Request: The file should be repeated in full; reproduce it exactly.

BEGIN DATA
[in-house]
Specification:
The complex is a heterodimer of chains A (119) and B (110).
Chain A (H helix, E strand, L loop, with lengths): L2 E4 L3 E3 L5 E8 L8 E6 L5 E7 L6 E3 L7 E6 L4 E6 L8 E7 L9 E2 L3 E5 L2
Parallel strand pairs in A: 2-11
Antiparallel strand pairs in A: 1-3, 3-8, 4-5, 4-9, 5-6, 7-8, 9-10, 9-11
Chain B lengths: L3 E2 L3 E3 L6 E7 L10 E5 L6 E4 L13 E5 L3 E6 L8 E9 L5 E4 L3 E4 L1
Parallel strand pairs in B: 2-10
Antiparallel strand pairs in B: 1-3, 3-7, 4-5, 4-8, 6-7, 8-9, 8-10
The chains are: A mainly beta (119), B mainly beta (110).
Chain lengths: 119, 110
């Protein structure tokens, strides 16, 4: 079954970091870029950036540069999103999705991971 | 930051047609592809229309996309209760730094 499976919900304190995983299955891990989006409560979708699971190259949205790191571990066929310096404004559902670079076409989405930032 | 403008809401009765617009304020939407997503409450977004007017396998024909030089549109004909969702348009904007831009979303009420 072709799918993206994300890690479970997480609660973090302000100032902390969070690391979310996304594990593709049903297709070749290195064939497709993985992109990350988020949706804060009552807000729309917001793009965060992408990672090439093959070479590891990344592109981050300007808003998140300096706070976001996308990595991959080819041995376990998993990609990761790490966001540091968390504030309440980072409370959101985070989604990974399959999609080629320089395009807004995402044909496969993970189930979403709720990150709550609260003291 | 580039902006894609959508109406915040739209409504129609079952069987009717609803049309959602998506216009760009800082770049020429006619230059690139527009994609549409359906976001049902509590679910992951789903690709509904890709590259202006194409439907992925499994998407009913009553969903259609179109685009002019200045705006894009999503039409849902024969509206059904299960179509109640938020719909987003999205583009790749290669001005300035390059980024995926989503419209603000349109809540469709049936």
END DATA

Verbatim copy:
[in-house]
Specification:
The complex is a heterodimer of chains A (119) and B (110).
Chain A (H helix, E strand, L loop, with lengths): L2 E4 L3 E3 L5 E8 L8 E6 L5 E7 L6 E3 L7 E6 L4 E6 L8 E7 L9 E2 L3 E5 L2
Parallel strand pairs in A: 2-11
Antiparallel strand pairs in A: 1-3, 3-8, 4-5, 4-9, 5-6, 7-8, 9-10, 9-11
Chain B lengths: L3 E2 L3 E3 L6 E7 L10 E5 L6 E4 L13 E5 L3 E6 L8 E9 L5 E4 L3 E4 L1
Parallel strand pairs in B: 2-10
Antiparallel strand pairs in B: 1-3, 3-7, 4-5, 4-8, 6-7, 8-9, 8-10
The chains are: A mainly beta (119), B mainly beta (110).
Chain lengths: 119, 110
């Protein structure tokens, strides 16, 4: 079954970091870029950036540069999103999705991971 | 930051047609592809229309996309209760730094 499976919900304190995983299955891990989006409560979708699971190259949205790191571990066929310096404004559902670079076409989405930032 | 403008809401009765617009304020939407997503409450977004007017396998024909030089549109004909969702348009904007831009979303009420 072709799918993206994300890690479970997480609660973090302000100032902390969070690391979310996304594990593709049903297709070749290195064939497709993985992109990350988020949706804060009552807000729309917001793009965060992408990672090439093959070479590891990344592109981050300007808003998140300096706070976001996308990595991959080819041995376990998993990609990761790490966001540091968390504030309440980072409370959101985070989604990974399959999609080629320089395009807004995402044909496969993970189930979403709720990150709550609260003291 | 580039902006894609959508109406915040739209409504129609079952069987009717609803049309959602998506216009760009800082770049020429006619230059690139527009994609549409359906976001049902509590679910992951789903690709509904890709590259202006194409439907992925499994998407009913009553969903259609179109685009002019200045705006894009999503039409849902024969509206059904299960179509109640938020719909987003999205583009790749290669001005300035390059980024995926989503419209603000349109809540469709049936």